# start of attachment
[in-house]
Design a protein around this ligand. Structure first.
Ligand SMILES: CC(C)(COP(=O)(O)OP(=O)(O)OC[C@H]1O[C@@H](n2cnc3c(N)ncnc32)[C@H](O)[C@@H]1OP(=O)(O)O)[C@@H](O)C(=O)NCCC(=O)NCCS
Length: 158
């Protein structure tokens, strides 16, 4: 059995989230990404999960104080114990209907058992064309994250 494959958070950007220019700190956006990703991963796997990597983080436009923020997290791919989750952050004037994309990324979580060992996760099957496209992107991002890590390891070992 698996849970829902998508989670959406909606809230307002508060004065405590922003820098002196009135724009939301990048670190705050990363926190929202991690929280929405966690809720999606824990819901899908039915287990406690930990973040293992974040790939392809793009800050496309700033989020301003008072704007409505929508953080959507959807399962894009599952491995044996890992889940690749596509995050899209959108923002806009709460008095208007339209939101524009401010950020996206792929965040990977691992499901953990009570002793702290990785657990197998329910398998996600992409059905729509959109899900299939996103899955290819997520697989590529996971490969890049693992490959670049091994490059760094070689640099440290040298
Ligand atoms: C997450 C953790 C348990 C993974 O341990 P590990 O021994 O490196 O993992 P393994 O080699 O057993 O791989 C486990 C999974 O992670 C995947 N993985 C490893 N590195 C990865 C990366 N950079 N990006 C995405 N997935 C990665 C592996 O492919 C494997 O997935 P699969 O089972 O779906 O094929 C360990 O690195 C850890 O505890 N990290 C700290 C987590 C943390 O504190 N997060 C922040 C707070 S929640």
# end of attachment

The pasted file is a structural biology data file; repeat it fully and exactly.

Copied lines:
[in-house]
Design a protein around this ligand. Structure first.
Ligand SMILES: CC(C)(COP(=O)(O)OP(=O)(O)OC[C@H]1O[C@@H](n2cnc3c(N)ncnc32)[C@H](O)[C@@H]1OP(=O)(O)O)[C@@H](O)C(=O)NCCC(=O)NCCS
Length: 158
């Protein structure tokens, strides 16, 4: 059995989230990404999960104080114990209907058992064309994250 494959958070950007220019700190956006990703991963796997990597983080436009923020997290791919989750952050004037994309990324979580060992996760099957496209992107991002890590390891070992 698996849970829902998508989670959406909606809230307002508060004065405590922003820098002196009135724009939301990048670190705050990363926190929202991690929280929405966690809720999606824990819901899908039915287990406690930990973040293992974040790939392809793009800050496309700033989020301003008072704007409505929508953080959507959807399962894009599952491995044996890992889940690749596509995050899209959108923002806009709460008095208007339209939101524009401010950020996206792929965040990977691992499901953990009570002793702290990785657990197998329910398998996600992409059905729509959109899900299939996103899955290819997520697989590529996971490969890049693992490959670049091994490059760094070689640099440290040298
Ligand atoms: C997450 C953790 C348990 C993974 O341990 P590990 O021994 O490196 O993992 P393994 O080699 O057993 O791989 C486990 C999974 O992670 C995947 N993985 C490893 N590195 C990865 C990366 N950079 N990006 C995405 N997935 C990665 C592996 O492919 C494997 O997935 P699969 O089972 O779906 O094929 C360990 O690195 C850890 O505890 N990290 C700290 C987590 C943390 O504190 N997060 C922040 C707070 S929640």